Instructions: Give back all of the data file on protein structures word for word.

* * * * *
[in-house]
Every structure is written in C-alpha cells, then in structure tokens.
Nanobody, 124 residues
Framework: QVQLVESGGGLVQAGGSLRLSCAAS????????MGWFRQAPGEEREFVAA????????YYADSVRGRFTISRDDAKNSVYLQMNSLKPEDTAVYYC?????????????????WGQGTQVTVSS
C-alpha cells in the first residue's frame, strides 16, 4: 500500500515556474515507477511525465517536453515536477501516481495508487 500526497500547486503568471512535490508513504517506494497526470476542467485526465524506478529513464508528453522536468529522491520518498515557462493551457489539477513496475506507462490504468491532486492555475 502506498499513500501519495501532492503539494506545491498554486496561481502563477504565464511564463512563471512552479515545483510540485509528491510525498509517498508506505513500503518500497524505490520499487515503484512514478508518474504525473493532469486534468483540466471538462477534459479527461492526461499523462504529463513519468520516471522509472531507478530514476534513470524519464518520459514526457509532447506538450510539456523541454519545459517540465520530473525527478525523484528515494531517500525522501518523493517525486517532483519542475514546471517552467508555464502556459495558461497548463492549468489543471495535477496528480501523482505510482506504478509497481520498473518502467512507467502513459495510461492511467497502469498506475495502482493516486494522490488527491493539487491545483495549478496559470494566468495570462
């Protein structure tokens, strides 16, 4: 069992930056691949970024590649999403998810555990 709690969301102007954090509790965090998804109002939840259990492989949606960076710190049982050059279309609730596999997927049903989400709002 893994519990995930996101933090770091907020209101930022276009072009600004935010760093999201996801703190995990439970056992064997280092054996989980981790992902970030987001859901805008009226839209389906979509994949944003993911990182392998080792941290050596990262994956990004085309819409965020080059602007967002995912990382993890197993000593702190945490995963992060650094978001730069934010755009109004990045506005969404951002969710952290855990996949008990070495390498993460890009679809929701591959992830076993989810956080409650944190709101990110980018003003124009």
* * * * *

[in-house]
Every structure is written in C-alpha cells, then in structure tokens.
Nanobody, 124 residues
Framework: QVQLVESGGGLVQAGGSLRLSCAAS????????MGWFRQAPGEEREFVAA????????YYADSVRGRFTISRDDAKNSVYLQMNSLKPEDTAVYYC?????????????????WGQGTQVTVSS
C-alpha cells in the first residue's frame, strides 16, 4: 500500500515556474515507477511525465517536453515536477501516481495508487 500526497500547486503568471512535490508513504517506494497526470476542467485526465524506478529513464508528453522536468529522491520518498515557462493551457489539477513496475506507462490504468491532486492555475 502506498499513500501519495501532492503539494506545491498554486496561481502563477504565464511564463512563471512552479515545483510540485509528491510525498509517498508506505513500503518500497524505490520499487515503484512514478508518474504525473493532469486534468483540466471538462477534459479527461492526461499523462504529463513519468520516471522509472531507478530514476534513470524519464518520459514526457509532447506538450510539456523541454519545459517540465520530473525527478525523484528515494531517500525522501518523493517525486517532483519542475514546471517552467508555464502556459495558461497548463492549468489543471495535477496528480501523482505510482506504478509497481520498473518502467512507467502513459495510461492511467497502469498506475495502482493516486494522490488527491493539487491545483495549478496559470494566468495570462
């Protein structure tokens, strides 16, 4: 069992930056691949970024590649999403998810555990 709690969301102007954090509790965090998804109002939840259990492989949606960076710190049982050059279309609730596999997927049903989400709002 893994519990995930996101933090770091907020209101930022276009072009600004935010760093999201996801703190995990439970056992064997280092054996989980981790992902970030987001859901805008009226839209389906979509994949944003993911990182392998080792941290050596990262994956990004085309819409965020080059602007967002995912990382993890197993000593702190945490995963992060650094978001730069934010755009109004990045506005969404951002969710952290855990996949008990070495390498993460890009679809929701591959992830076993989810956080409650944190709101990110980018003003124009």